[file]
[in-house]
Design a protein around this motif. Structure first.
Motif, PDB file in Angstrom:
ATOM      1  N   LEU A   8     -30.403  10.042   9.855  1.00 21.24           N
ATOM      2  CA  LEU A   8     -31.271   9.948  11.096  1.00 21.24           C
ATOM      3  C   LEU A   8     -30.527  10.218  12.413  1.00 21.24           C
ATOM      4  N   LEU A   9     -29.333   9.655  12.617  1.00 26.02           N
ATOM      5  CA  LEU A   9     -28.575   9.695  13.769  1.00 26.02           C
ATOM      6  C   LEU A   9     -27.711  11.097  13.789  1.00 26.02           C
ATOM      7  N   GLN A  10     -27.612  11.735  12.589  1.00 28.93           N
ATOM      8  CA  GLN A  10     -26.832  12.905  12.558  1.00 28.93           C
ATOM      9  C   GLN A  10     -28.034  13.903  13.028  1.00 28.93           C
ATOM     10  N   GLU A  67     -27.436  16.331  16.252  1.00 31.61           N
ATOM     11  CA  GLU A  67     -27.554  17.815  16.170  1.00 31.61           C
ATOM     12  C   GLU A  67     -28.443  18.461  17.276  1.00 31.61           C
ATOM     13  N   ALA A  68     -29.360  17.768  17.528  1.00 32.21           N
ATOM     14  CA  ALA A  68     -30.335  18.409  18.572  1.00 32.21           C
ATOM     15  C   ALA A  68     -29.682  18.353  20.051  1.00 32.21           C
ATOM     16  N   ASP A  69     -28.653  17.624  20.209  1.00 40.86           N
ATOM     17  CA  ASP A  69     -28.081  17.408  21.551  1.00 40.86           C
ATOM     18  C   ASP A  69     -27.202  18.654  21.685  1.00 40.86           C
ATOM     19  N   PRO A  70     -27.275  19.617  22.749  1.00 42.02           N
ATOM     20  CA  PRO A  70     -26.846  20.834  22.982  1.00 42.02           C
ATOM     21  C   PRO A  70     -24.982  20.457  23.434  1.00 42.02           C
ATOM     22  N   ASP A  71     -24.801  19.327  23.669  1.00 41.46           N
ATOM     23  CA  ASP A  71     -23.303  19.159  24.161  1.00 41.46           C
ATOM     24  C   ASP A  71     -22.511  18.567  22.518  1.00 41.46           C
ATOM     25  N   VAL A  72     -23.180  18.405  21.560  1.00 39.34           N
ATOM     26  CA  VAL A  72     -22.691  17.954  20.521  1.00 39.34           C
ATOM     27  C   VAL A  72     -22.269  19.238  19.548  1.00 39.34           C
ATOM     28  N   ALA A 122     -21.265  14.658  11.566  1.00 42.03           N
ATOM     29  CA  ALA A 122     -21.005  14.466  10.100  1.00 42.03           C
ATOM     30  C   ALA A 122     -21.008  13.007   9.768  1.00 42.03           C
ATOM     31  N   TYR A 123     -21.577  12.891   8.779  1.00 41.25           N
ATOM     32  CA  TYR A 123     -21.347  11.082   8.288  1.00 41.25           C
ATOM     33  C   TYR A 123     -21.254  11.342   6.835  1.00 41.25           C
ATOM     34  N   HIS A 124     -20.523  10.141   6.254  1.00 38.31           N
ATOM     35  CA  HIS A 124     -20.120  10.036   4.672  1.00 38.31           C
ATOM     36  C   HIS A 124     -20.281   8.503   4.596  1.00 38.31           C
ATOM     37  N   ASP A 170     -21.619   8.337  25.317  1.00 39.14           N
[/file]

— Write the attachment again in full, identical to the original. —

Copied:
[in-house]
Design a protein around this motif. Structure first.
Motif, PDB file in Angstrom:
ATOM      1  N   LEU A   8     -30.403  10.042   9.855  1.00 21.24           N
ATOM      2  CA  LEU A   8     -31.271   9.948  11.096  1.00 21.24           C
ATOM      3  C   LEU A   8     -30.527  10.218  12.413  1.00 21.24           C
ATOM      4  N   LEU A   9     -29.333   9.655  12.617  1.00 26.02           N
ATOM      5  CA  LEU A   9     -28.575   9.695  13.769  1.00 26.02           C
ATOM      6  C   LEU A   9     -27.711  11.097  13.789  1.00 26.02           C
ATOM      7  N   GLN A  10     -27.612  11.735  12.589  1.00 28.93           N
ATOM      8  CA  GLN A  10     -26.832  12.905  12.558  1.00 28.93           C
ATOM      9  C   GLN A  10     -28.034  13.903  13.028  1.00 28.93           C
ATOM     10  N   GLU A  67     -27.436  16.331  16.252  1.00 31.61           N
ATOM     11  CA  GLU A  67     -27.554  17.815  16.170  1.00 31.61           C
ATOM     12  C   GLU A  67     -28.443  18.461  17.276  1.00 31.61           C
ATOM     13  N   ALA A  68     -29.360  17.768  17.528  1.00 32.21           N
ATOM     14  CA  ALA A  68     -30.335  18.409  18.572  1.00 32.21           C
ATOM     15  C   ALA A  68     -29.682  18.353  20.051  1.00 32.21           C
ATOM     16  N   ASP A  69     -28.653  17.624  20.209  1.00 40.86           N
ATOM     17  CA  ASP A  69     -28.081  17.408  21.551  1.00 40.86           C
ATOM     18  C   ASP A  69     -27.202  18.654  21.685  1.00 40.86           C
ATOM     19  N   PRO A  70     -27.275  19.617  22.749  1.00 42.02           N
ATOM     20  CA  PRO A  70     -26.846  20.834  22.982  1.00 42.02           C
ATOM     21  C   PRO A  70     -24.982  20.457  23.434  1.00 42.02           C
ATOM     22  N   ASP A  71     -24.801  19.327  23.669  1.00 41.46           N
ATOM     23  CA  ASP A  71     -23.303  19.159  24.161  1.00 41.46           C
ATOM     24  C   ASP A  71     -22.511  18.567  22.518  1.00 41.46           C
ATOM     25  N   VAL A  72     -23.180  18.405  21.560  1.00 39.34           N
ATOM     26  CA  VAL A  72     -22.691  17.954  20.521  1.00 39.34           C
ATOM     27  C   VAL A  72     -22.269  19.238  19.548  1.00 39.34           C
ATOM     28  N   ALA A 122     -21.265  14.658  11.566  1.00 42.03           N
ATOM     29  CA  ALA A 122     -21.005  14.466  10.100  1.00 42.03           C
ATOM     30  C   ALA A 122     -21.008  13.007   9.768  1.00 42.03           C
ATOM     31  N   TYR A 123     -21.577  12.891   8.779  1.00 41.25           N
ATOM     32  CA  TYR A 123     -21.347  11.082   8.288  1.00 41.25           C
ATOM     33  C   TYR A 123     -21.254  11.342   6.835  1.00 41.25           C
ATOM     34  N   HIS A 124     -20.523  10.141   6.254  1.00 38.31           N
ATOM     35  CA  HIS A 124     -20.120  10.036   4.672  1.00 38.31           C
ATOM     36  C   HIS A 124     -20.281   8.503   4.596  1.00 38.31           C
ATOM     37  N   ASP A 170     -21.619   8.337  25.317  1.00 39.14           N